(I have chosen various sections of interest re trial practice-this is not exhaustive see the index of the California Rules of Court.)

TITLE ONE. Appellate Rules

TITLE TWO. Pretrial and Trial Rules

DIVISION I. Rules for the Trial Courts

CHAPTER 2. Civil Trial Court Management Rules

CHAPTER 3. Settlement and Pretrial Rules

DIVISION II. Civil Law and Motion Rules

CHAPTER 2. Format and Filing of Papers

CHAPTER 3. Hearings

CHAPTER 4. Particular Motions

TITLE THREE. Miscellaneous Rules

DIVISION IV. General Rules Applicable to All Courts

Title Five. Special Rules for Trial Courts

DIVISION II. Rules for Coordination of Civil Actions Commenced in Different Trial Courts

DIVISION III. Alternative Dispute Resolution Rules for Civil Cases

DIVISION V. Complex Cases

DIVISION VIb. Rules for Fax and Electronic Filing and Service



Each County has it own Local Rules of Court. These rules are known as the local County Superior Court Rules and shall at all times be supplementary to and subject to statutes, the California Rules of Court, and any rules adopted by the Judicial Council and shall be construed and applied so they do not conflict with such rules and statutes.

It is your responsibility to know these rules as they apply to your case.

What do the Local Rules Of Court cover?

(I have chosen various sections of interest re trial practice-this is not exhaustive see the index of the California Rules of Court.)

  • Organization
  • Superior Court Personnel
  • Judgments and Post-Judgment Orders<</p>
  • Court Hours and Priority of Trial
  • Grand and Trial Jurors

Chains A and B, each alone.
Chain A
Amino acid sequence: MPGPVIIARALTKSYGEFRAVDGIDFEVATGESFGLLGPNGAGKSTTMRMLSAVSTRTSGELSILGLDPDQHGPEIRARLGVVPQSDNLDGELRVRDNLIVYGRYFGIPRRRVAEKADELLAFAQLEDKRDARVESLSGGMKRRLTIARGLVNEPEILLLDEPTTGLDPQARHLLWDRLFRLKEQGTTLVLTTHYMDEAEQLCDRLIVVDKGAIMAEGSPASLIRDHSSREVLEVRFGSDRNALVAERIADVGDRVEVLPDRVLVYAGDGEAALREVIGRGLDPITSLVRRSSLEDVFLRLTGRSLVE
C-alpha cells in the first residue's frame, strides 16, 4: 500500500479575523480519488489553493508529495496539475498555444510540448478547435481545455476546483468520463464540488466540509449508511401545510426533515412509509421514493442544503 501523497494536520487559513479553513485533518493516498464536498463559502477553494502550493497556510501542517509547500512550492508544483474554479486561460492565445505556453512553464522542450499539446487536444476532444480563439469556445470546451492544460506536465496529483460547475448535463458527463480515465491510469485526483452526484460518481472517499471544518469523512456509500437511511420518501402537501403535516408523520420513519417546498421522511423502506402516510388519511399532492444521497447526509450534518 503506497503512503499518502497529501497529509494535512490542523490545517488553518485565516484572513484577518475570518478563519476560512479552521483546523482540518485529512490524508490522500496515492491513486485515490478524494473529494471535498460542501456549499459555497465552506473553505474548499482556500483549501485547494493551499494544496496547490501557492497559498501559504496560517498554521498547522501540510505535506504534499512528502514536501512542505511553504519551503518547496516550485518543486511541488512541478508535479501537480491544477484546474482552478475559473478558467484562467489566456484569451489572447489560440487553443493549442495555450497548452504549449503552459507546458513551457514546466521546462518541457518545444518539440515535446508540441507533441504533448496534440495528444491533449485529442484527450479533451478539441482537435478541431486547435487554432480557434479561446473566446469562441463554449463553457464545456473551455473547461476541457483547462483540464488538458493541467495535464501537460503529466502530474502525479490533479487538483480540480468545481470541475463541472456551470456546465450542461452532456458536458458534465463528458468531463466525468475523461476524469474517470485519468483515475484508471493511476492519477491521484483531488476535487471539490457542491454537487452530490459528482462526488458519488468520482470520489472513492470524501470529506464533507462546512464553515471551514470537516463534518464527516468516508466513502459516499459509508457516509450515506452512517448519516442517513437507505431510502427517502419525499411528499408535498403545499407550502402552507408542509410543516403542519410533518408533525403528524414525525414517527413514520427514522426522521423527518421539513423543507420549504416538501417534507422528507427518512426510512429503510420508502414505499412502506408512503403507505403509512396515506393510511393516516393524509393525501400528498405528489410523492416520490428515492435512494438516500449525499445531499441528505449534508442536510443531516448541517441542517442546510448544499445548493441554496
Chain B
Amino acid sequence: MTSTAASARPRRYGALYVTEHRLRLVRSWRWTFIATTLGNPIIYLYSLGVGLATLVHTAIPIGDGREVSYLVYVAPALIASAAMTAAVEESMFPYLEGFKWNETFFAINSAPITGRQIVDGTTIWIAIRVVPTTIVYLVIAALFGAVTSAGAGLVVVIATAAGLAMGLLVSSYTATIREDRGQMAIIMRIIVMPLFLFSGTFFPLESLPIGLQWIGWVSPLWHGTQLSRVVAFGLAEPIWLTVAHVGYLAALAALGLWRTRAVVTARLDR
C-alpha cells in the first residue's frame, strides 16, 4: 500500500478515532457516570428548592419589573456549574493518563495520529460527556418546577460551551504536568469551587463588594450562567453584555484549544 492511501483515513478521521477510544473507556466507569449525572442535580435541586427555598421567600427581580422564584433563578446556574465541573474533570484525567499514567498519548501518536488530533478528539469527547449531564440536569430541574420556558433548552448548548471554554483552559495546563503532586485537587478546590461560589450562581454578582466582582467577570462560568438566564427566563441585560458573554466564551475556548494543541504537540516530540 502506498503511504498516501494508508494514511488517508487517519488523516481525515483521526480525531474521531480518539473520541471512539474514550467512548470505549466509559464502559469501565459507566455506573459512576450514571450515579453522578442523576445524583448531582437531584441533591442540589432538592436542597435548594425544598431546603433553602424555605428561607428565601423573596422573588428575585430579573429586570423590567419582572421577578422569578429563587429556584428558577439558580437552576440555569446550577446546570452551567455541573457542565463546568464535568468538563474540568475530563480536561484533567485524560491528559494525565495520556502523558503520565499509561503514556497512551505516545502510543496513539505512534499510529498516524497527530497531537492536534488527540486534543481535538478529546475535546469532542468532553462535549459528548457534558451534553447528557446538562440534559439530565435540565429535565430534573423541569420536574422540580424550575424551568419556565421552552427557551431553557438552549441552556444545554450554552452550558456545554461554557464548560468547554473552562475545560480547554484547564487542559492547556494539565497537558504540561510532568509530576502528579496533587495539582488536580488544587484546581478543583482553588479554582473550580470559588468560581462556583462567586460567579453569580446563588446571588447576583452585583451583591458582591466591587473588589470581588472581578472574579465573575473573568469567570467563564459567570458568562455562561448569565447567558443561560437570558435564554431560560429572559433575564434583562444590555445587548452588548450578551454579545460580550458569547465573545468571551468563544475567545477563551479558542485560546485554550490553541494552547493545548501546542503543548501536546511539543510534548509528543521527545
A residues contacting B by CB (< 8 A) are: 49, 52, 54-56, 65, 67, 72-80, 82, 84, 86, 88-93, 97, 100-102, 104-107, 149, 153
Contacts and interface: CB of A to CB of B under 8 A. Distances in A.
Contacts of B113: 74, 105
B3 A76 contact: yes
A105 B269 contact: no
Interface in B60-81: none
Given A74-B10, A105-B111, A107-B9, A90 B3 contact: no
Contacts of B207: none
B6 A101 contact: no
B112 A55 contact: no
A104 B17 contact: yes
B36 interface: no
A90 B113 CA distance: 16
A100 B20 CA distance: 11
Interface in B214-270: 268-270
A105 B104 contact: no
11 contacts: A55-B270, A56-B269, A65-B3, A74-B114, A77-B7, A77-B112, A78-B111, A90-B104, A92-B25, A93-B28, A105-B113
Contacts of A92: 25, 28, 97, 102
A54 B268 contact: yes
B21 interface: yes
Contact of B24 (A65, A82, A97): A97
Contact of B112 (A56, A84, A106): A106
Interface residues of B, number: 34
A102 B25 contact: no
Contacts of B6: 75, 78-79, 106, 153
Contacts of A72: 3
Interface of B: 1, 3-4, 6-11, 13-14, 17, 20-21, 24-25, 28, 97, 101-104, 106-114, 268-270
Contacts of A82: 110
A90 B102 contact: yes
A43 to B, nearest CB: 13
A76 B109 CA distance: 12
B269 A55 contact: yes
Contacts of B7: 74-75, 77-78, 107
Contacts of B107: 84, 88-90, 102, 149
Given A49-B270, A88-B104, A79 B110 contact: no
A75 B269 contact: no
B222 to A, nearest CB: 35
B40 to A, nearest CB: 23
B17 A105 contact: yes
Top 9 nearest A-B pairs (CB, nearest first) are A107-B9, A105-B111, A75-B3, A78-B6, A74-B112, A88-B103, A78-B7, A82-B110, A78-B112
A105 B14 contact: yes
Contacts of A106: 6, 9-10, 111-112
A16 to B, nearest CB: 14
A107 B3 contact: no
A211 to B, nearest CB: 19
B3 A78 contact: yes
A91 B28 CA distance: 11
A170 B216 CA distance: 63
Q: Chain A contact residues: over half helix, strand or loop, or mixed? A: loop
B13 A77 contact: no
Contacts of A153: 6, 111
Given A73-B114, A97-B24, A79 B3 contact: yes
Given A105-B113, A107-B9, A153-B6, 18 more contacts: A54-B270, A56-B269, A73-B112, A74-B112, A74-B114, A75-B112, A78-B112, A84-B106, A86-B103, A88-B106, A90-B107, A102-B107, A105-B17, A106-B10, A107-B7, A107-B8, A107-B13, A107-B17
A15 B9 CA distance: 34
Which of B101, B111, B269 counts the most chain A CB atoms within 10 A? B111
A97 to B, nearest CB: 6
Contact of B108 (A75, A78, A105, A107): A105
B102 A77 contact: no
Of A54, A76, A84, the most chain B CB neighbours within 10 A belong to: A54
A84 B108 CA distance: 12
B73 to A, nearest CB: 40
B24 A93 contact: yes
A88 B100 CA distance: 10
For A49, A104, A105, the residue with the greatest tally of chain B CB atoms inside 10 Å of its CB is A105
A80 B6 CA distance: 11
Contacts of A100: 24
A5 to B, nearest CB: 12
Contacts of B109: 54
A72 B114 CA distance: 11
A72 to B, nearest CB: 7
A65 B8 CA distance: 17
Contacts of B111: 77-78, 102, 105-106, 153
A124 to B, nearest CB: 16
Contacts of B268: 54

• Trial Court Delay Reduction
  • Civil Trial Procedure
  • Civil Law And Motion General
  • Alternative Dispute Resolution


Many trial courts have their own “Local” Local Rules of Court. The rules of the Trial Judge can cover just about anything regarding the management of the case, particularly the rules of the Trial in their Courtroom.

Make sure you obtain them at the Case Management/Status Conference or have your Attorney Service pick them up. (I have included examples in the FORMS section of these materials.)

What do the “Local” Local Rules Of Court cover?

The “Local” Local Rules can cover the mandatory use of the Podium, approaching witnesses, notice of use of the blackboard, number of copies of exhibit and witness lists, Trial Briefs, Voir Dire, Objections, exhibit numbering and handling, specific exhibit tabbing, courtroom demeanor, courtroom trial hours and days, etc.

4. Jury Fees

Jury Fees are due at least 25 days before the trial date. (CCP 631(5)).

The cost for the initial deposit for the first day for all counties is $150.

5. Local Rules – Final Status Conference, Issues Conference/CASE MANAGEMENT CONFERENCE, TRIAL Management Conference



An issue conference will be required in all cases at least 10 days prior to trial, at which time counsel are to meet and confer and execute necessary documents as listed below.